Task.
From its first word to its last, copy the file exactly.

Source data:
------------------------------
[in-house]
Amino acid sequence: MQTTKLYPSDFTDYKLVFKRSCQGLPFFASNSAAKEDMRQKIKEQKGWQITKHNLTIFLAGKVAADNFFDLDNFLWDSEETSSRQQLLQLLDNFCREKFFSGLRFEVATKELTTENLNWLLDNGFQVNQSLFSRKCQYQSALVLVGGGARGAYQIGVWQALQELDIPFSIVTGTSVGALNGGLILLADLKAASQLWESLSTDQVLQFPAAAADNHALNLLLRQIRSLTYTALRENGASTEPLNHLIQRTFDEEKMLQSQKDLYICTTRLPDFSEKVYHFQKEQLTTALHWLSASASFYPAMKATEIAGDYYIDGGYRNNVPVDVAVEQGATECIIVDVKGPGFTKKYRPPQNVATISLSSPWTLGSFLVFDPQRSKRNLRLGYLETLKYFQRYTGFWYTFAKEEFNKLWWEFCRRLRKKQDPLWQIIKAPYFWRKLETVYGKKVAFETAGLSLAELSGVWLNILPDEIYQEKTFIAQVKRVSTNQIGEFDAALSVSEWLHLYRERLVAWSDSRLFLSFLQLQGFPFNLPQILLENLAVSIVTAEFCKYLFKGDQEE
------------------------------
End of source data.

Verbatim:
[in-house]
Amino acid sequence: MQTTKLYPSDFTDYKLVFKRSCQGLPFFASNSAAKEDMRQKIKEQKGWQITKHNLTIFLAGKVAADNFFDLDNFLWDSEETSSRQQLLQLLDNFCREKFFSGLRFEVATKELTTENLNWLLDNGFQVNQSLFSRKCQYQSALVLVGGGARGAYQIGVWQALQELDIPFSIVTGTSVGALNGGLILLADLKAASQLWESLSTDQVLQFPAAAADNHALNLLLRQIRSLTYTALRENGASTEPLNHLIQRTFDEEKMLQSQKDLYICTTRLPDFSEKVYHFQKEQLTTALHWLSASASFYPAMKATEIAGDYYIDGGYRNNVPVDVAVEQGATECIIVDVKGPGFTKKYRPPQNVATISLSSPWTLGSFLVFDPQRSKRNLRLGYLETLKYFQRYTGFWYTFAKEEFNKLWWEFCRRLRKKQDPLWQIIKAPYFWRKLETVYGKKVAFETAGLSLAELSGVWLNILPDEIYQEKTFIAQVKRVSTNQIGEFDAALSVSEWLHLYRERLVAWSDSRLFLSFLQLQGFPFNLPQILLENLAVSIVTAEFCKYLFKGDQEE